• Under-table drawing: Under the table drawing was one of the best ways that I discovered to help children with their gross motor development with art. We would tape paper under the table and allow the children to lay on the floor and color upside-down. I would have toddlers that would lay there probably for 30 minutes just coloring under the table. It was so popular, we had to open more tables to color under. Now, it did backfire when one parent came in and said when they went to a restaurant that had crayons at the table, and there was a little bit of under the table coloring. But I think that's a small price to pay. 


In addition, by encouraging art activities, children are getting some cognitive development. Art can help even very young children learn cause and effect. For example, they discover that pushing hard with a crayon makes the colors darker, or they realize that pushing down on this paint makes it squish out all over the sides. They're learning all of these cause and effect concepts. Through art, they can also practice and develop their critical thinking skills. Older toddlers are beginning to make a plan of what they might want to make, and sometimes they are able to follow through on that plan.

Here are some specific ideas to encourage children's cognitive development through art:

  • Wet chalk painting: It is fun to use chalk in other ways, especially wet chalk painting. When chalk is wet, the color looks so much more vibrant and vivid than when it is dry.
  • Foam paint: Using foam paint is fun. We've taken baby shampoo, and used a beater to whip it up really thick, and used that as our foam. Then, we add liquid watercolors in with that. 
  • Ice painting: Ice painting is where you freeze water-diluted paint and then put a stick into it and then they use the ice to paint with.
  • Shake it up: Shake it up (a.k.a., marble painting) is where you put a marble with paint in a box, and let the child shake it up and it makes a design on the paper. 
  • Drawing with cars
  • Shaving cream color mixing bag: Shaving cream color mixing bag. Since children are not supposed to use shaving cream itself, you can put it in a clear Ziploc bag with paint (like we talked about earlier with the paint mixing bag). It adds a neat color and a sheen to the paint that's inside there.
  • Spikey ball painting
  • Secret shapes (crayon resist): You can draw secret shapes on a paper with white crayon and let the child paint over them, so they can discover those secret shapes.
  • Bell ringer paintbrushes: Attaching a bell on to paintbrushes so that when the child paints, the bell rings, teaching cause and effect. 
  • Slide painting: Slide painting is something my boys really loved. We would put a big piece of mural paper all the way down the slide, tape it at the top and at the bottom. Then we would dip items in paint, such as balls, cars and other found objects, and roll them down the slide to see what kind of pattern and design it would make on the paper.


Children that are encouraged and supported in artistic endeavors tend to feel good about themselves and what they have created. They're using art to develop identity and develop their self-confidence, along with a sense of accomplishment and capability. It gives them a lot of pride.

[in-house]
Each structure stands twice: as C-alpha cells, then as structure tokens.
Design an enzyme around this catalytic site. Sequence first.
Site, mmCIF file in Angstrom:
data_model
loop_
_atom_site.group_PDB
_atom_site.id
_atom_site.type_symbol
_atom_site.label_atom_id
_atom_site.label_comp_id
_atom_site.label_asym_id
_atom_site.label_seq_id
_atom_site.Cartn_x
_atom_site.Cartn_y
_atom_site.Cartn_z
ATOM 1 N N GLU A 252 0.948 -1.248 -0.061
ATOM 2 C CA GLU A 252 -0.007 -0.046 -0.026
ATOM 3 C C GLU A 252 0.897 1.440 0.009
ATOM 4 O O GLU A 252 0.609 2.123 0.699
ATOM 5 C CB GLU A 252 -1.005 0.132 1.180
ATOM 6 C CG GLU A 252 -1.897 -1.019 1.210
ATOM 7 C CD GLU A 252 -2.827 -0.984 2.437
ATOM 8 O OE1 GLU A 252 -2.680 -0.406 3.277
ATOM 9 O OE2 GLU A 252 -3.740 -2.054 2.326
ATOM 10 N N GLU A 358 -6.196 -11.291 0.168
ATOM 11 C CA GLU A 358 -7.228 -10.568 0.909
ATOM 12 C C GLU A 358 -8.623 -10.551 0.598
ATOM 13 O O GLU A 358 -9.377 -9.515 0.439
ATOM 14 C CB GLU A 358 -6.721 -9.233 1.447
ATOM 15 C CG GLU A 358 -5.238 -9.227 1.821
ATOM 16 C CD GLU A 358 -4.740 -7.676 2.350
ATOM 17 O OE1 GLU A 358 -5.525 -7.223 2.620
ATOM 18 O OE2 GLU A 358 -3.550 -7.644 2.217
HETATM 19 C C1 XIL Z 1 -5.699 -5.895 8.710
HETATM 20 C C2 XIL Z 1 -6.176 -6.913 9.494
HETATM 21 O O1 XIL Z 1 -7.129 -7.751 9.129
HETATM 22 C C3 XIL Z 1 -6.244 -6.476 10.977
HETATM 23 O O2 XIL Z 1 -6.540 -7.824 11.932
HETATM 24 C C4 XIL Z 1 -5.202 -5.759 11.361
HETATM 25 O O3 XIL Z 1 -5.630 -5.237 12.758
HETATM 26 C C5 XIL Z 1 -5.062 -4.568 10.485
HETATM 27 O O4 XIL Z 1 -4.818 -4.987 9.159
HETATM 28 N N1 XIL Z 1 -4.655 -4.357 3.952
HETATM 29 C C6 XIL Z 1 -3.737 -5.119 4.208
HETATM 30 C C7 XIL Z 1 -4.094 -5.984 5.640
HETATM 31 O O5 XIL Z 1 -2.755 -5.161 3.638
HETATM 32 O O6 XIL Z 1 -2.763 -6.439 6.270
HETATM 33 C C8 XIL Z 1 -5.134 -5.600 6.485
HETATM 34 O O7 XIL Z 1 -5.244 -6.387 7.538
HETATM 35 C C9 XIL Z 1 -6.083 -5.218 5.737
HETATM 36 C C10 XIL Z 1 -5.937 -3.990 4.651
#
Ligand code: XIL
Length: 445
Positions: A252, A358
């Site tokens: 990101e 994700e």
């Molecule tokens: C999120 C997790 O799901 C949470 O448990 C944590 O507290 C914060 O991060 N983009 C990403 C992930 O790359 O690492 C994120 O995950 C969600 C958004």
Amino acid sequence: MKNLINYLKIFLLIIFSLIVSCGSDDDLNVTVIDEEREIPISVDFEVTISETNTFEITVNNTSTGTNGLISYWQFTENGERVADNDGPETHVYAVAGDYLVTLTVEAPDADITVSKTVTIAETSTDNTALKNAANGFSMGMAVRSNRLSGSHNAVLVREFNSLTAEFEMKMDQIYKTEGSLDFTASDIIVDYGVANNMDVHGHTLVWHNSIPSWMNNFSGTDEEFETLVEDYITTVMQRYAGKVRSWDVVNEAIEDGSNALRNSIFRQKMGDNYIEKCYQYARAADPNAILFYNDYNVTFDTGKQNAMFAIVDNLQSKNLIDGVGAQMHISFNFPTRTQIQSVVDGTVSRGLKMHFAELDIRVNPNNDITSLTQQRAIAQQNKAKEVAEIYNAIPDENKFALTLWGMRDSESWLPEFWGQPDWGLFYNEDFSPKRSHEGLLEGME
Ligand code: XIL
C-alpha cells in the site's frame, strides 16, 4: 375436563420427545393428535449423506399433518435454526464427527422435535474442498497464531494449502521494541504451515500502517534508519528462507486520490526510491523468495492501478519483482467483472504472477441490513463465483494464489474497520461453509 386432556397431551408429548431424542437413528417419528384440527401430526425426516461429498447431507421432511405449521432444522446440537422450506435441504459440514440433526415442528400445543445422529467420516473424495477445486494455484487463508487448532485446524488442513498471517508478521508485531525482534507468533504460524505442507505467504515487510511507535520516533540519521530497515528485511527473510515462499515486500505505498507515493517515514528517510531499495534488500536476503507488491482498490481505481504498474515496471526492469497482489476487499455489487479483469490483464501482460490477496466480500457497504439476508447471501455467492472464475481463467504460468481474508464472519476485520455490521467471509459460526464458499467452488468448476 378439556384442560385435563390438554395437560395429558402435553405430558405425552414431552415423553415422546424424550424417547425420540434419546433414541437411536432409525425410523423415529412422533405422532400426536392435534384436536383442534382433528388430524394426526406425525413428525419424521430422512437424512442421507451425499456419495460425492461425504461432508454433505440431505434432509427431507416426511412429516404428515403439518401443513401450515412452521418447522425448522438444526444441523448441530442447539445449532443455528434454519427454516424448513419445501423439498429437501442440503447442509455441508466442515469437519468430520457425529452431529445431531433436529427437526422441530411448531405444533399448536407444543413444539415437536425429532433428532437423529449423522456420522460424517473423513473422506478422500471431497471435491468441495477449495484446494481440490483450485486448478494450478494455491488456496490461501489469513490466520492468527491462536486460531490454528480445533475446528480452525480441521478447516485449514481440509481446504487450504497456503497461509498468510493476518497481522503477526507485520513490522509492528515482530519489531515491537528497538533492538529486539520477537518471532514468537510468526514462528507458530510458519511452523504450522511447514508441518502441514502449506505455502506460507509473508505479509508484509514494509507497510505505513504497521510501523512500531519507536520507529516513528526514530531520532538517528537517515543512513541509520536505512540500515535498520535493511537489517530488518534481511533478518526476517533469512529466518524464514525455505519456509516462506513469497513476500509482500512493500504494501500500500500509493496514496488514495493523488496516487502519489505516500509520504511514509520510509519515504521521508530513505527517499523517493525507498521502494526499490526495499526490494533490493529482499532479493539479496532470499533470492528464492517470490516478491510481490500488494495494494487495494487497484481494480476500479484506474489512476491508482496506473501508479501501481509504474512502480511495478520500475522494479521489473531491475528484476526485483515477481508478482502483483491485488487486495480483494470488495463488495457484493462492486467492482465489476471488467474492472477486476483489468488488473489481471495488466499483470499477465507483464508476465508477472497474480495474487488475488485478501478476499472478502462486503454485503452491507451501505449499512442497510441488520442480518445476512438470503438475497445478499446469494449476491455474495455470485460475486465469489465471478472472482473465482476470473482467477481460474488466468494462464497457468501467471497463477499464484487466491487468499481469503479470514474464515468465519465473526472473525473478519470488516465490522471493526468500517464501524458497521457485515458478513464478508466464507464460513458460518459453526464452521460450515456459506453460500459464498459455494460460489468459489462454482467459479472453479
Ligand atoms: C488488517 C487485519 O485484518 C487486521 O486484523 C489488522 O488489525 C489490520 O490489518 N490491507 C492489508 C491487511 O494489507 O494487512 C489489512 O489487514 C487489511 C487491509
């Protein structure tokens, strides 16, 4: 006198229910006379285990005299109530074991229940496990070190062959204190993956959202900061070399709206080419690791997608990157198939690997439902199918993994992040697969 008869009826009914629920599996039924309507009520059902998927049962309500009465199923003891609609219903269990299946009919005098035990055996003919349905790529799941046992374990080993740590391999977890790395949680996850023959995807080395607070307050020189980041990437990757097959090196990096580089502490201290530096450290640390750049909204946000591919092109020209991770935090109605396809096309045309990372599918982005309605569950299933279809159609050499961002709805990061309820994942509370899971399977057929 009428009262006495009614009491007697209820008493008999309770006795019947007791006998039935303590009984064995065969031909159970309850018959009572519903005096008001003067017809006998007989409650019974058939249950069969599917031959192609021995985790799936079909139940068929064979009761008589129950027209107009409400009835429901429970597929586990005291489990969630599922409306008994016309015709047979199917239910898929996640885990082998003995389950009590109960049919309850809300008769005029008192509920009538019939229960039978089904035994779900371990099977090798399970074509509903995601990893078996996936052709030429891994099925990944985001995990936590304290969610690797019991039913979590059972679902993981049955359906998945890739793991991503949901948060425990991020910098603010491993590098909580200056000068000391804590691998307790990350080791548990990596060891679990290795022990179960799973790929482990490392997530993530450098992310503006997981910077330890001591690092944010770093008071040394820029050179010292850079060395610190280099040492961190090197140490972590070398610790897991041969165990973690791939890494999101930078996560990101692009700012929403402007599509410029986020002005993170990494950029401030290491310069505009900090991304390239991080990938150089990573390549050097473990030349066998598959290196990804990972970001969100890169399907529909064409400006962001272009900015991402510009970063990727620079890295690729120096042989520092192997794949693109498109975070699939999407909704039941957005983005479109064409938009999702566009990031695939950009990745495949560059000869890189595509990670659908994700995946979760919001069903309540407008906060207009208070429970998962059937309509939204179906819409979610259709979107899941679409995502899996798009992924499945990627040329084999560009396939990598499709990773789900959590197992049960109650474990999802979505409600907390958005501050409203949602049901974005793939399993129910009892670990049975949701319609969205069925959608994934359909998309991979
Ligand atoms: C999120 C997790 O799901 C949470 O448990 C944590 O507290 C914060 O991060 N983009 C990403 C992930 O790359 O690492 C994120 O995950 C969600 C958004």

Some specific ways to develop social-emotional development with art include:

  • Painting to music
  • Coloring to music
  • Painting with nature
  • Self-portrait art: encouraging children to paint what they think they look like
  • Life-size me: We trace around the entire shape of their body and they get to decorate it.
  • Family posters: We would have parents to bring in pictures from home, and we would encourage the children to do some art on their poster and then we would put their parents and their family's pictures on there. This encourages a whole lot of diversity and representing all types of children and families.
  • Mirror painting: The children would have an unbreakable mirror on the table in front of them, then we would give them paint, and they would be looking at the mirror as they were painting on it. This provides the child a great opportunity to look at themselves, see what they look like and kind of represent themselves. As a product of that process, we would press a piece of paper down onto the mirror and lift it up, and make a print of what the child had painted on the mirror. 
  • Emotion playdough: We did this with our toddlers, where we had placemats that had faces on them. The children would roll the Play-Doh out and make things like a smiley face, or a sad, down-turned mouth, or they would make angry eyebrows. I had one child tell me, "These eyebrows are angry", which I thought expressed great communication, and encouraged vocabulary development. They can use the Play-Doh to make all kinds of things with the face, anything that they can use to make an association to themselves and how they are in their real life.


As children engage in art processes and experiences, they're developing language skills that teachers and facilitators can encourage by actively listening to what they have to say. Listening to children can never be discounted. Many children today don't get listened to, and so they need to find a way to be heard. It's important that we take the time to not only listen to them, but also ask open-ended questions. One open-ended question that I tend to use a lot, especially when I can't think of something to ask, is, "I wonder what would happen if...?" That's a great one that you can use with almost any situation in any center with any child. I also sometimes use the phrase, "What do you think about x, y and z?" You'll be surprised at some of the answers that you get.